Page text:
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In the aftermath of the 1997 economic crisis, Indonesia and Thailand adopted decentralization as one of their administrative reform policies. While Indonesia’s decentralization efforts have been touted as a “big-bang” approach, decentralization in Thailand has been noted for its slow progress. This article compares the two countries’ decentralization reforms by examining their local governments’ fiscal conditions in 2011. The article focuses on two sources of local government revenue: revenue raised by local authorities themselves and intergovernmental transfers from the central governments. In this article, provincial-level data on local government finances are analyzed by using several quantitative measures.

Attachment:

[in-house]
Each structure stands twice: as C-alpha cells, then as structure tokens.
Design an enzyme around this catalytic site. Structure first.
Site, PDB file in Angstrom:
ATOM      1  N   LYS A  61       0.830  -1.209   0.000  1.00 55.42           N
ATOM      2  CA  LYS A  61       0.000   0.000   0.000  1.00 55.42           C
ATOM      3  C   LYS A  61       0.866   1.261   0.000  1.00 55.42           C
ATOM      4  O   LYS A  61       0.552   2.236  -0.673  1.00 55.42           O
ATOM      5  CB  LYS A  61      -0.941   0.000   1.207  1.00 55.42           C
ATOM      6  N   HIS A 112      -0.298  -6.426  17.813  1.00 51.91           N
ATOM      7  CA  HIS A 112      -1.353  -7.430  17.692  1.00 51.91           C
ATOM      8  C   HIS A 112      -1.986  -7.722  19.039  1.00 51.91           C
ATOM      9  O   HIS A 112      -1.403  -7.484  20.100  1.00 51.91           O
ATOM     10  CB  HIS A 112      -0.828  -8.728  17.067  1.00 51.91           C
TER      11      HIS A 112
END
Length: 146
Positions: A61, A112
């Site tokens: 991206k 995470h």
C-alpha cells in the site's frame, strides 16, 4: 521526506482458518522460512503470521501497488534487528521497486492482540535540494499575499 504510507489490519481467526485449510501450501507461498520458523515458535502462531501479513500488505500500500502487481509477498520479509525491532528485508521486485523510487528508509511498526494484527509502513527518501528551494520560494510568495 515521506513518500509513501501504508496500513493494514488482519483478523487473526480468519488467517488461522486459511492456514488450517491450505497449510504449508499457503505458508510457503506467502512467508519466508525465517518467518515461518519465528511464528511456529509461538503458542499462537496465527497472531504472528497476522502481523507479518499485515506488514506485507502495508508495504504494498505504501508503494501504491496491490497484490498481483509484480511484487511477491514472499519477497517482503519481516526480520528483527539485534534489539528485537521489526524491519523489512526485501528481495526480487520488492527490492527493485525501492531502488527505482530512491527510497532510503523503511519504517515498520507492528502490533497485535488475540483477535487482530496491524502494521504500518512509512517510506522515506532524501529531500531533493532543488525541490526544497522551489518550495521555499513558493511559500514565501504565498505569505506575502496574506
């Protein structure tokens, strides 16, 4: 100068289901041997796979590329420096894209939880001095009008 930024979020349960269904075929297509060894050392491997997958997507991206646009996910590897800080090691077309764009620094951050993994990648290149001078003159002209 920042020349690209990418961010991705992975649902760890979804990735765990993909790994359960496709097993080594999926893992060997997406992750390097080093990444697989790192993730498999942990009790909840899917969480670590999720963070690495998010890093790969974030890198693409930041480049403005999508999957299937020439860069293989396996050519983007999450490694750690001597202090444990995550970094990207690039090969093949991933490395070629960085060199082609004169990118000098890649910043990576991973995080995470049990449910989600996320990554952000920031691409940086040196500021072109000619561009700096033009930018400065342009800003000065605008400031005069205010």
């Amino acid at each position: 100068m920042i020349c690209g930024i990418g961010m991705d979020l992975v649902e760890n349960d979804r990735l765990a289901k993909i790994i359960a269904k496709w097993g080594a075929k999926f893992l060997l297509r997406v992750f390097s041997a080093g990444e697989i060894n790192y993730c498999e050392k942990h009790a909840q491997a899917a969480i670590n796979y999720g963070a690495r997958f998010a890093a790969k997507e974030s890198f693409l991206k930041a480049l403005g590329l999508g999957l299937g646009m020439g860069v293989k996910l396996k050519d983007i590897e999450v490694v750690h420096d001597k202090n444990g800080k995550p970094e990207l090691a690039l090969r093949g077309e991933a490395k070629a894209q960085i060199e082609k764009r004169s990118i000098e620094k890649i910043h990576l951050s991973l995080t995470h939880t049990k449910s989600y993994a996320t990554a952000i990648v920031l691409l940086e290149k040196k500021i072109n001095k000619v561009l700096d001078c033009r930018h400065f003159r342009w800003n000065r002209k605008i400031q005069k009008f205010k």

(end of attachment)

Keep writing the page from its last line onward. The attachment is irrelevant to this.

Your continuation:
The findings show that transfers from the national level provide a major source of revenue for local jurisdictions in Indonesia and Thailand. This article argues that despite the decentralization reforms undertaken since the 1990s, local governments in Indonesia and Thailand continue to have limited revenue-generating capacity. Nevertheless, this article demonstrates that the Indonesian local authorities receive more general-purpose grants per capita from Jakarta than their Thai counterparts who heavily rely on purposive and project grants from Bangkok. In other words, local authorities in Indonesia possess more discretion in using their intergovernmental transfers. In addition, the general-purpose grant system in Thailand does not effectively address disparities in local fiscal conditions. Local jurisdictions with strong revenuegenerating capacity and income per capita tend to receive more general-purpose grants than those with weak capacity. In contrast, Indonesia’s general-purpose grant allocation system provides more resources for economically isadvantaged provinces and provinces that experience inter-religious conflicts.
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